Alzheimer’s Prevention:The Case for Olive Oil and a Mediterranean Diet

An Artcile By Dana Larsen in "A Place for Mom"

New research from the University of Louisiana’s College of Pharmacy found that extra virgin olive oil may contribute to Alzheimer’s disease prevention. A protective agent, called “oleocanthal,” is believed to have effects that protect nerve cells from the kind of damage that occurs in Alzheimer’s and other dementias. Another recent study by St. Louis University also linked olive oil to improved cognition and decreased memory loss. The evidence for olive oil, a staple of the traditional  Mediterranean diet, as a secret weapon against Alzheimer’s disease continues to climb.
Olive Oil Linked to Alzheimer's Prevention
I spent my honeymoon backpacking in Greece and never felt healthier. The sunshine, picturesque landscapes, constant walking and tasty Mediterranean cuisine which is low in red meat and processed foods and high in fruit, vegetables and olive oil, all contributed to my bliss, I’m sure. In February 2013, the The New England Journal of Medicine published the results of a long-term study that positively linked prevention of cardiovascular disease with a Mediterranean diet that includes extra-virgin olive oil. Along with the latest research from the University of Louisiana’s College of Pharmacy pointing to the potential of olive oil as neuroprotective mechanism against Alzheimer’s Disease—I wonder if the extra virgin olive oil had something to do with my sense of well-being?
While I’m fairly young and not at-risk for developing dementia any time soon, it does run in my family. In fact, I watch on a daily basis the transformation Alzheimer’s has had on my beloved grandmother. The accumulation of the beta-amyloid (Aβ) in the brain—believed to be the culprit in AD—can start at a young age. I, for one, plan on adding more olive oil to my diet. Want to know why? Read about these fascinating studies below.

Lower Prevalence of Alzheimer’s and Dementia in Mediterranean Countries

Amal Kaddourni and his colleagues at the University of Louisiana noted in their study that AD affects around 30 million people worldwide. However, those in Mediterranean countries seem less afflicted by the debilitating disease. Again, with all the variables in these types of studies, sometimes pinpointing a correlation between a region less prone to a disease can be challenging. But after careful investigation tracking the effects of oleocanthal in the brains and cultured brain cells of laboratory mice, the researchers showed the protective agent showed a consistent pattern in boosting not only the production of two proteins in removing the (Aβ) from the brain, but also the production of helpful enzymes.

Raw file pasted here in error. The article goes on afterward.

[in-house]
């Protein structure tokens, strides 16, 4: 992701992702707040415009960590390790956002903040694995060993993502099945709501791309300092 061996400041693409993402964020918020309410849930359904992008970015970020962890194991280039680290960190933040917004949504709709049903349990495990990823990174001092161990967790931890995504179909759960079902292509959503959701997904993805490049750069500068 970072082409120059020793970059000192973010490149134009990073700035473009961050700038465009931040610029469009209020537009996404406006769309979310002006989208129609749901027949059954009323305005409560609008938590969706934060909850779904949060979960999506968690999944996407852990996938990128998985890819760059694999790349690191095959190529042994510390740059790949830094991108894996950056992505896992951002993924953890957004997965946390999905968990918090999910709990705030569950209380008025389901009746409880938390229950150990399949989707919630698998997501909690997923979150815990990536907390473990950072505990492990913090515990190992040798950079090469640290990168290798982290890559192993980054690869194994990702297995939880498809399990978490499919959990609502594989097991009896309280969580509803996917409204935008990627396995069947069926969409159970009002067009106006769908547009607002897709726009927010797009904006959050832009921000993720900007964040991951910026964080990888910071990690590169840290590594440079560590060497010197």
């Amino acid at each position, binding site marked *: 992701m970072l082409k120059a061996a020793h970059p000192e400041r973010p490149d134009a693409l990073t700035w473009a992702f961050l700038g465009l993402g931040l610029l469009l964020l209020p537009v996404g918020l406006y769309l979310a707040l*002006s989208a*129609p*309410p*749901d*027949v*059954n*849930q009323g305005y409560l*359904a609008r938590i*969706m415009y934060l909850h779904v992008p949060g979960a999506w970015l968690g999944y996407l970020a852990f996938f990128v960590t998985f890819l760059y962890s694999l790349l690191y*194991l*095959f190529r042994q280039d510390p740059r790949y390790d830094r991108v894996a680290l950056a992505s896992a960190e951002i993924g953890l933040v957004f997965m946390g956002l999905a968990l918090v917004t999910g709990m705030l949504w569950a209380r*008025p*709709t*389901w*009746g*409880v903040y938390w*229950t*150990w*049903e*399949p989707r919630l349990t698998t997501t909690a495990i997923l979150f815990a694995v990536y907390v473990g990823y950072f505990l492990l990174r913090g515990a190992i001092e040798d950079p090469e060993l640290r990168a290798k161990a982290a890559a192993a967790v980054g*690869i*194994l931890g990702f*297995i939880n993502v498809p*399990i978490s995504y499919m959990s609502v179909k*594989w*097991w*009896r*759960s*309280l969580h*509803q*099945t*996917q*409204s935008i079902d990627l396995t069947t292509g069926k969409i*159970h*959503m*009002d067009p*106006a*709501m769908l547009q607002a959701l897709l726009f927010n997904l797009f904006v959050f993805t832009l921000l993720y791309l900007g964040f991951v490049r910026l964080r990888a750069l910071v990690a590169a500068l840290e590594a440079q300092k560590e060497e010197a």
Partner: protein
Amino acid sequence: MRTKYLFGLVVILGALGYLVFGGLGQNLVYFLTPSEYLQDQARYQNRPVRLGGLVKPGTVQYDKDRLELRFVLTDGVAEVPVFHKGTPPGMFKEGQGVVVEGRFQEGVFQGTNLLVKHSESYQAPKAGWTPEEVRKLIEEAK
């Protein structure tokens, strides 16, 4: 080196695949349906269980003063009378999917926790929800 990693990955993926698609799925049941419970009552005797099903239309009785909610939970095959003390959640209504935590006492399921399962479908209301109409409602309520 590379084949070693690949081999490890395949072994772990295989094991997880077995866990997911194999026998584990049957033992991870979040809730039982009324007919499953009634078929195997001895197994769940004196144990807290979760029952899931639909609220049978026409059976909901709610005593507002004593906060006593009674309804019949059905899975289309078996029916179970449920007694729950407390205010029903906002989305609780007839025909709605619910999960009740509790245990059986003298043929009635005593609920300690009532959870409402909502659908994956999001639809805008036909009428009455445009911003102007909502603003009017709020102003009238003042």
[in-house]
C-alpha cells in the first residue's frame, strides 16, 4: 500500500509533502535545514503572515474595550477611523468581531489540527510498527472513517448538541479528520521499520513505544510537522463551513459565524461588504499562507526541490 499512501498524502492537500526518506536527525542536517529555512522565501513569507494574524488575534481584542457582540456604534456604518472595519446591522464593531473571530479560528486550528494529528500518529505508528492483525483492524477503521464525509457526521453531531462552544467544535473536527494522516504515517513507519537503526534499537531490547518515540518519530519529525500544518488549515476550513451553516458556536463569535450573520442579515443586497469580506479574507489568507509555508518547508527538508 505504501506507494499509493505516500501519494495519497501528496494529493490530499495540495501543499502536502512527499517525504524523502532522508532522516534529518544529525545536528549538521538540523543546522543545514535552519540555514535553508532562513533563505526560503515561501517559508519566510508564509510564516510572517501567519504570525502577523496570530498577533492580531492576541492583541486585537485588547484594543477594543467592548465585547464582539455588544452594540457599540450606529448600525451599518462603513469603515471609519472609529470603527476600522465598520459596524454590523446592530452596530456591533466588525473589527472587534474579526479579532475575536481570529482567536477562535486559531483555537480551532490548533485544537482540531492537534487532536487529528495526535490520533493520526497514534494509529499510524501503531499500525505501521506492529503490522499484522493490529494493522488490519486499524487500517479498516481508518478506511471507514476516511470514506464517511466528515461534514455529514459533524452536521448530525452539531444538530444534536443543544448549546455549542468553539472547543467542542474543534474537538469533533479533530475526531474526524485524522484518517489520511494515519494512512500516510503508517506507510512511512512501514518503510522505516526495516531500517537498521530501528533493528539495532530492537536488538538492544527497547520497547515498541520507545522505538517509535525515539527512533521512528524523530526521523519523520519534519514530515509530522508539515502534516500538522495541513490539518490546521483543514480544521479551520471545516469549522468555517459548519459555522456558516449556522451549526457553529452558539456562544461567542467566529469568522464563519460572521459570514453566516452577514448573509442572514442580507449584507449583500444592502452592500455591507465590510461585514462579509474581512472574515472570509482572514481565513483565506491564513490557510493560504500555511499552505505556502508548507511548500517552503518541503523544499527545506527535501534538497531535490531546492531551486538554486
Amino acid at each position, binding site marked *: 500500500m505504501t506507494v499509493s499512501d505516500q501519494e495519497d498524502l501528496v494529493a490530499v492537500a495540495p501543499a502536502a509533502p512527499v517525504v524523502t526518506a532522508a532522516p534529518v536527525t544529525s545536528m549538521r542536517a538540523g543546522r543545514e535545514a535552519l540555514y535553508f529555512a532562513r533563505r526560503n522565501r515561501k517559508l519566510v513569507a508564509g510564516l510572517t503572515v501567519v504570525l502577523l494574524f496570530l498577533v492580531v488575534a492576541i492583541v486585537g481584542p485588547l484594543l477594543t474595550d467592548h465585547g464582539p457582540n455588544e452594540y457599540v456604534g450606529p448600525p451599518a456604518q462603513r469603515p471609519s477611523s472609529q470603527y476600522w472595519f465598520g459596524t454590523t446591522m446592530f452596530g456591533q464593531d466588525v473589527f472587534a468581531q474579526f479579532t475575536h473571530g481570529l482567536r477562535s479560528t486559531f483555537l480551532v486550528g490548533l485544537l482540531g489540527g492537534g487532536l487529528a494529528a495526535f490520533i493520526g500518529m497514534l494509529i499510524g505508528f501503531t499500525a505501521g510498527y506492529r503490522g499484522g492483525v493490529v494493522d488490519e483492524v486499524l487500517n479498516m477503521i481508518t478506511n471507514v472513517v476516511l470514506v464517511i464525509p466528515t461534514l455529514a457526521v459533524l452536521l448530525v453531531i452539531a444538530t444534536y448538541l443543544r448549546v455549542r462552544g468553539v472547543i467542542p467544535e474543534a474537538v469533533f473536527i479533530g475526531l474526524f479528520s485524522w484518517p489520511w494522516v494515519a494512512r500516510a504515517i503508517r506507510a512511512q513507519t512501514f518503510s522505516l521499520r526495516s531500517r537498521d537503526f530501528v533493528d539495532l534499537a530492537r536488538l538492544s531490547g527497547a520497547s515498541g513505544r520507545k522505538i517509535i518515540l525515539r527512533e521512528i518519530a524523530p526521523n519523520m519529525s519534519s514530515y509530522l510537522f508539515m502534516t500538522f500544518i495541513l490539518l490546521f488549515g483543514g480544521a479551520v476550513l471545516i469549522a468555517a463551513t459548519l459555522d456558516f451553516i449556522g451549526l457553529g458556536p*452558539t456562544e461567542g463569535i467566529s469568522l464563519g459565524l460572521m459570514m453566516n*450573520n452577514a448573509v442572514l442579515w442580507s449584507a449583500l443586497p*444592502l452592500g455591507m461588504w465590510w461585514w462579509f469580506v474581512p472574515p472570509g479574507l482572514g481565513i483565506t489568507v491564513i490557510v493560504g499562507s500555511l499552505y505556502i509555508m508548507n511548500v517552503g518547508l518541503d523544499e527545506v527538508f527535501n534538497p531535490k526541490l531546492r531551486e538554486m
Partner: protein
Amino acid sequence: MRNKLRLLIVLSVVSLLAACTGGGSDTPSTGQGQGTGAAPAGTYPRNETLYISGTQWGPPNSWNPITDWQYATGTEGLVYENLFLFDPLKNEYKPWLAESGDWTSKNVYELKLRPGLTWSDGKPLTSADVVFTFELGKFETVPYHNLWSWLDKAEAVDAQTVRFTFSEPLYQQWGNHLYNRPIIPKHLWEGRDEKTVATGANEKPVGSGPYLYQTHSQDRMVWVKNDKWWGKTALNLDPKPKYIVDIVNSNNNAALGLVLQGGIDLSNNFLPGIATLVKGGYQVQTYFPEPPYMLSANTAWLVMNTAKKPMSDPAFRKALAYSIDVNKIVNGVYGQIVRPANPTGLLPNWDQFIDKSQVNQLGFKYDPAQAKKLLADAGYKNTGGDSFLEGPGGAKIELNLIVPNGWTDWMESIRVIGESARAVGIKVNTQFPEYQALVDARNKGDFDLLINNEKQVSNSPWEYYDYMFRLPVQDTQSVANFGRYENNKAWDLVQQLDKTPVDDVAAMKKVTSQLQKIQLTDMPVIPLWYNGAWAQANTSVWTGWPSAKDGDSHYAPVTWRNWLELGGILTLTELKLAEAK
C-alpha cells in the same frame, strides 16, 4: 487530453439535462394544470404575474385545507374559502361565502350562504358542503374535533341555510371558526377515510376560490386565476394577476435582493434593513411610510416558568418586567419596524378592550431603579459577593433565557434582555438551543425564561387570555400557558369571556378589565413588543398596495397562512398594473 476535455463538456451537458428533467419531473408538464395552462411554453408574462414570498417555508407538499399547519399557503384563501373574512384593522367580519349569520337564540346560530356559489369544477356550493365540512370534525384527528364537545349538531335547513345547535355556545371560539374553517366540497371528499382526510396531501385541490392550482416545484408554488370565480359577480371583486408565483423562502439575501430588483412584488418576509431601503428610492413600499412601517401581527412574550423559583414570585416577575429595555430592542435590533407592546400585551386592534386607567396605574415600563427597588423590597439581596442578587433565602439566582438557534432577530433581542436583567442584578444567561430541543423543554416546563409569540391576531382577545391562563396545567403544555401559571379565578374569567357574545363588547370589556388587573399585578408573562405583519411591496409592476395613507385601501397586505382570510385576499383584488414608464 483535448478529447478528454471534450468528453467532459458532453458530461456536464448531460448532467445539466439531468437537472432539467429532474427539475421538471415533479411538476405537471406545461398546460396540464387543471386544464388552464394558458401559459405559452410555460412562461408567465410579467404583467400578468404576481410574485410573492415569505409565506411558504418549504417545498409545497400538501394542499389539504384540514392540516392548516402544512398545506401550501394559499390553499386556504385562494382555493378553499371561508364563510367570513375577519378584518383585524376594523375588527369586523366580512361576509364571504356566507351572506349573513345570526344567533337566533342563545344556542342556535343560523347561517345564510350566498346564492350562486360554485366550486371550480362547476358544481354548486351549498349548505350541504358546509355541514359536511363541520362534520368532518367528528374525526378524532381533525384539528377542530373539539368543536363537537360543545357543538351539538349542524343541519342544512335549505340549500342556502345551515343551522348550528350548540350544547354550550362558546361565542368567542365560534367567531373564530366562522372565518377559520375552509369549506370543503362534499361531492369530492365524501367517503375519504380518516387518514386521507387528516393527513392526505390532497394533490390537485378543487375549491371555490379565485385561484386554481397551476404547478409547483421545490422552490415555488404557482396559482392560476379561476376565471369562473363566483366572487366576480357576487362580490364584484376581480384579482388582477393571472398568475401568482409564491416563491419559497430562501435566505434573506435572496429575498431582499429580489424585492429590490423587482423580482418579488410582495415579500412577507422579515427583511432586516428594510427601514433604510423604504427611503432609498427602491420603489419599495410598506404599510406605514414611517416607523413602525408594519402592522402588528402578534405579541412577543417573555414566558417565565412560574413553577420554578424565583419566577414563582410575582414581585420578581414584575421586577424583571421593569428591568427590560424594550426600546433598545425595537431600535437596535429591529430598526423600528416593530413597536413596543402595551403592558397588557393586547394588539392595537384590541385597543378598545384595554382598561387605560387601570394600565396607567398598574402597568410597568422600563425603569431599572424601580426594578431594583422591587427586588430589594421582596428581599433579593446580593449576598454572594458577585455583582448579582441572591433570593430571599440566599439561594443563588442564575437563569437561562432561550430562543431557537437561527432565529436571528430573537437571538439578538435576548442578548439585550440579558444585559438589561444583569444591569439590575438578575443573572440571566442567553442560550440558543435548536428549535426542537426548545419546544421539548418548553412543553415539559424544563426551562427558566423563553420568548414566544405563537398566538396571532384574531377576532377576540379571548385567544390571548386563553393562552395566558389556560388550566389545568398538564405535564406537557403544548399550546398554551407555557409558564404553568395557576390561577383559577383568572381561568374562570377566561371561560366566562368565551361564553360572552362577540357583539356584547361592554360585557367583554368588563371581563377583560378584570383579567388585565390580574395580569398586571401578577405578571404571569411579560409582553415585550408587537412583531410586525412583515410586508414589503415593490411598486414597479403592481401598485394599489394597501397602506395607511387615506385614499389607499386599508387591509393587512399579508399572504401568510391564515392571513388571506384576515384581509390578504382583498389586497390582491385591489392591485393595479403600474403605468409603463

Features of a Traditional Mediterranean Diet

  • Low in red meat
  • Low in sugar
  • Low in processed carbohydrates
  • Moderate intake of fish and eggs
  • Moderate intake of low-fat dairy
  • High in extra-virgin olive oil
  • High in vegetables
  • High in fruits
  • High in lentils and other legumes
  • Wine with meals in moderation

Olive Oil May Reduce Memory Loss

An animal study involving mice at St. Louis University found that olive oil has properties that can help reduce memory loss and improve thinking. Extra virgin olive oil is actually the first oil pressed from olives, which makes it particularly healthy because it holds on to rich antioxidants called polyphenols—believed to enhance the brain’s performance. One of the lead researchers, Susan Farr, Ph.D., research professor of geriatrics at Saint Louis University School of Medicine, divided mice suffering from age-related deficiencies, such as Alzheimer’s, into groups given different types of fat:
  1. Extra virgin olive oil
  2. Coconut oil
  3. Butter
The mice took tests of recognizing objects and navigating a maze that indicate memory and learning over a 4-week time frame. Levels of oxidative stress in the mouses’ brains were also assessed. The clear winners were the mice given the extra virgin olive oil as they were able to navigate the mazes and showed they had the most improved learning, thinking and memory. According to Farr, “Our research with mice lends credibility to the idea that extra virgin olive oil is really good for you and could even help if you already have some mild dementia. The take home message is to use extra virgin olive oil in your cooking.”

Sound Mind and Body: Alzheimer’s Disease Prevention

The University of Louisiana’s study report concludes: “Extra-virgin olive oil-derived oleocanthal associated with the consumption of Mediterranean diet has the potential to reduce the risk of AD or related neuro-degenerative dementias.” Health benefits of olive oil and the Mediterranean diet include:
  1. Decreasing levels of “bad” cholesterol
  2. Lowering blood pressure
  3. Decreasing cancer risk
  4. Decreasing cardiovascular disease risk
  5. Decreasing stroke risk
  6. Protection from oxidative damage
  7. Improving cognitive function


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